During the 1830s, the first wealthy inland plantation owners and businessmen built summer homes along the oceanfront in Nags Head. They found the sea air to be a welcome change from the humid summers back home. By the 1850s, Nags Head officially become a tourist haven for genteel families. Vacation homes dotted the Nags Head landscape from the sea to the sound, and the luxurious Nags Head Hotel was built at the foot of Jockey's Ridge. Parties, socials, church, bowling, sun and sand were all part of wealthy families' summer activities. At that time, there were no bridges to the Outer Banks, so vacationers traveled by boat across the Roanoke Sound and docked near Jockey's Ridge.
The hearty locals who made their living off of fishing and salvaging materials from shipwrecks were called "Bankers." These Nags Head natives had existed in harmony with the sea since the 1700s. The "Bankers" soon began selling fresh vegetables and fish to the vacationing families. The emergence of tourism created a whole new industry for the local villagers.
Unfortunately, the shifting sands of Jockey's Ridge claimed the Nags Head Hotel sometime after the Civil War. However, you can still see a row of historic cottages, dating from as early as the mid-1800s, along the Nags Head oceanfront today. These homes were built in the "Old Nags Head Style" with wrap-around porches, cedar shingles and propped shutters. Many of the original homes were built with salvaged wood from long-ago shipwrecks. This row of homes, often called "The Unpainted Aristocracy," has proudly withstood the punishment of salt, wind and water over the years. Often overlooked as an Outer Banks attraction, these historic homes offer a unique glimpse of times past.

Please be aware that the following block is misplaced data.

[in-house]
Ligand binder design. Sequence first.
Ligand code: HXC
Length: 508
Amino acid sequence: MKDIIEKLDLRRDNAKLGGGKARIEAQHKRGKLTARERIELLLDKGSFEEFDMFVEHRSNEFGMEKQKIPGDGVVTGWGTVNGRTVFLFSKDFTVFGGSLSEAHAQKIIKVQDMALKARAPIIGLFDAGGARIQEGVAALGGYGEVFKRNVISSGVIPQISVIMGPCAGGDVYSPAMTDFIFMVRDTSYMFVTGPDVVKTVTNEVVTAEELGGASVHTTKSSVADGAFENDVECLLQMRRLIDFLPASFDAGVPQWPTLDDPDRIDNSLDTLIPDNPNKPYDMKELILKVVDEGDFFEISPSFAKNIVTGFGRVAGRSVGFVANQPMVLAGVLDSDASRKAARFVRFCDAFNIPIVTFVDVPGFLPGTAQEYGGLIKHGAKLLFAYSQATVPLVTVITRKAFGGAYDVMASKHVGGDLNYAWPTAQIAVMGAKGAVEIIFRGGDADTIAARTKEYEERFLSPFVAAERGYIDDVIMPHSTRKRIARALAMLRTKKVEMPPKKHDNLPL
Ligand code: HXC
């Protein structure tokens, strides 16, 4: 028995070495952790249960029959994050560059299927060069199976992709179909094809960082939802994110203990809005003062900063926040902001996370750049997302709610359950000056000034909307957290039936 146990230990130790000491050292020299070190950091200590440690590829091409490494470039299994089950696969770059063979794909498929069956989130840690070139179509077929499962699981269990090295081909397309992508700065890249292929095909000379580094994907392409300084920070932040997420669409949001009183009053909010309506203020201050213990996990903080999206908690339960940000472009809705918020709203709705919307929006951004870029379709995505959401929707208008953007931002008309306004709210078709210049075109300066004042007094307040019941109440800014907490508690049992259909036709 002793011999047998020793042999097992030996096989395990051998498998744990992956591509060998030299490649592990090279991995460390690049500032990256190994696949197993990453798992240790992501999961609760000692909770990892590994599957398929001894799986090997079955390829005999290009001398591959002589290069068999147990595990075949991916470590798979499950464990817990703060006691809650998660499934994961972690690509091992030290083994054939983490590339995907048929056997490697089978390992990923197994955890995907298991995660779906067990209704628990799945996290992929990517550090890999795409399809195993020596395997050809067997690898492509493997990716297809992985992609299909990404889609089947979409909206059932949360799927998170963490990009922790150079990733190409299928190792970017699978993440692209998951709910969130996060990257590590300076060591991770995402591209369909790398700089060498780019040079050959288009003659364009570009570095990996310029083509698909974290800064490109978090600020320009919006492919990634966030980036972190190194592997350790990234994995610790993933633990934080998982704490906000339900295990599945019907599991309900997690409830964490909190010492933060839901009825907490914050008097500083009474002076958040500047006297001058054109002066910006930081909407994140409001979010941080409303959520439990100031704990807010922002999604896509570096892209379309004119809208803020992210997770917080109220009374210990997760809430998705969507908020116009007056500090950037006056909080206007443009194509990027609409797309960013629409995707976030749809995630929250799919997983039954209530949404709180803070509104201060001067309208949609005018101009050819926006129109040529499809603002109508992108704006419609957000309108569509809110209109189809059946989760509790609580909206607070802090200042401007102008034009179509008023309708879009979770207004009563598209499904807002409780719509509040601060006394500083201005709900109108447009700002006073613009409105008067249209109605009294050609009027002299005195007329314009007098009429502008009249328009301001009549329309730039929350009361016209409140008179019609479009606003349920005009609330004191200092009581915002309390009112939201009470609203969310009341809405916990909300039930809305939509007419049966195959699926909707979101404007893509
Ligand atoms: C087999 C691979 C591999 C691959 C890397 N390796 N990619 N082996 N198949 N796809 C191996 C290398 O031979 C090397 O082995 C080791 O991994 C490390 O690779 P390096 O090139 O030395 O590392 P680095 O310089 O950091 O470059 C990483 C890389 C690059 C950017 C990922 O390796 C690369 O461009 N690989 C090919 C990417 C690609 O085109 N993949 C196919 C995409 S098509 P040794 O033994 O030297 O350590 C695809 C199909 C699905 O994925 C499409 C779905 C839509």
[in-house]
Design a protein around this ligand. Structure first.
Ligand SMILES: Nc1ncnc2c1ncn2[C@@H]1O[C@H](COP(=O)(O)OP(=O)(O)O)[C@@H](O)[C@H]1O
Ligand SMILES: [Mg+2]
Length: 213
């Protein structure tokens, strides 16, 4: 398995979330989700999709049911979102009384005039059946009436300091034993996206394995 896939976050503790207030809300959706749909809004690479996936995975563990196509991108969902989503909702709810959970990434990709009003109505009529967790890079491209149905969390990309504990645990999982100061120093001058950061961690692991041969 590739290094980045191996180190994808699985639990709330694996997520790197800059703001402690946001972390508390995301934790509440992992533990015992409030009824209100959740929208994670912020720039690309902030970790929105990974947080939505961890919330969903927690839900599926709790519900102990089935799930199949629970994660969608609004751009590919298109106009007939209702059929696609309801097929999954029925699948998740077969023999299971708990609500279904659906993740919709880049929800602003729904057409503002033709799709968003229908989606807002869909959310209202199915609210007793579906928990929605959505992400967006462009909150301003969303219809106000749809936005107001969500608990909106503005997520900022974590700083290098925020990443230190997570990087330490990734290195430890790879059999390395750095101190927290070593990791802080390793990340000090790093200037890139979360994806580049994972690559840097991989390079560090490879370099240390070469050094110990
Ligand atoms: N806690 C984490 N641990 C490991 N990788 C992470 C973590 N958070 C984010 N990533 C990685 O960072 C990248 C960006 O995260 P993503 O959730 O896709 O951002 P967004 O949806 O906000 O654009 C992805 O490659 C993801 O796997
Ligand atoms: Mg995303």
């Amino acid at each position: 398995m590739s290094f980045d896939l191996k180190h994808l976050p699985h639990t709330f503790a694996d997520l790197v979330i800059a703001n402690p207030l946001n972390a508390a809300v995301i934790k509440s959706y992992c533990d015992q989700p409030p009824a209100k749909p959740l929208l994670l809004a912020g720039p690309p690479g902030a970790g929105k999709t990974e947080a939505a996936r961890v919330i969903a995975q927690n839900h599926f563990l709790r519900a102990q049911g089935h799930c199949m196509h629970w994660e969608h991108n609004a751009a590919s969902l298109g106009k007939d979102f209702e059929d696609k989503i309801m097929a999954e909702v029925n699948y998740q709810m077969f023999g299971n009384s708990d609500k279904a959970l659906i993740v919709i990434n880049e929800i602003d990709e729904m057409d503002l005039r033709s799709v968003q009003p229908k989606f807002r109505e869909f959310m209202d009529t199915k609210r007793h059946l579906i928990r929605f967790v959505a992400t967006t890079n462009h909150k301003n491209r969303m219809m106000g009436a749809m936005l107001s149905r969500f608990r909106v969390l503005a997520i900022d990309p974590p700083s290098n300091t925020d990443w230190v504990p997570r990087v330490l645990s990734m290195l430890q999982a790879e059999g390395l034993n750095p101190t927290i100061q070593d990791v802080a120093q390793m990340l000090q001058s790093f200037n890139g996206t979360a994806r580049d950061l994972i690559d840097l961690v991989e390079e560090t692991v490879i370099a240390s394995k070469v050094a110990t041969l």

Brothers from Ohio and Their Flying Machine
In 1900, Orville and Wilbur Wright came to Kitty Hawk to refine and test their glider. So how did brothers from Dayton, Ohio select the Outer Banks as their testing location? A friend has written the Wright Brothers about the consistent wind and soft, sandy landing spots that the Outer Banks provided. Sure enough, Orville and Wilbur confirmed this information based on data from the National Weather Bureau, and headed south to the Outer Banks.
After 3 years of models and trials, Orville Wright manned the historic first flight in Kill Devil Hills, North Carolina on December 17, 1903. Only 5 people witnessed this historic 12-second flight; 3 members of the coastal lifesaving crew, a local businessman, and a teen boy from the village. The telegraph informing their family and the media of this monumental flight was sent from the lifesaving station in Kitty Hawk, North Carolina. It is often misreported that the first flight took place in Kitty Hawk, when it actually took place five miles away in Kill Devil Hills.
The Wright Brothers National Memorial is open daily year round. The Wright Brothers Visitor Center includes full-scale reproductions of the 1902 gilder, the 1903 flying machine, a reproduction of the Wright's first wind tunnel, and an engine block from the original 1903 Flyer. Movies, educational programs, and additional exhibits are available in the Centennial Pavilion.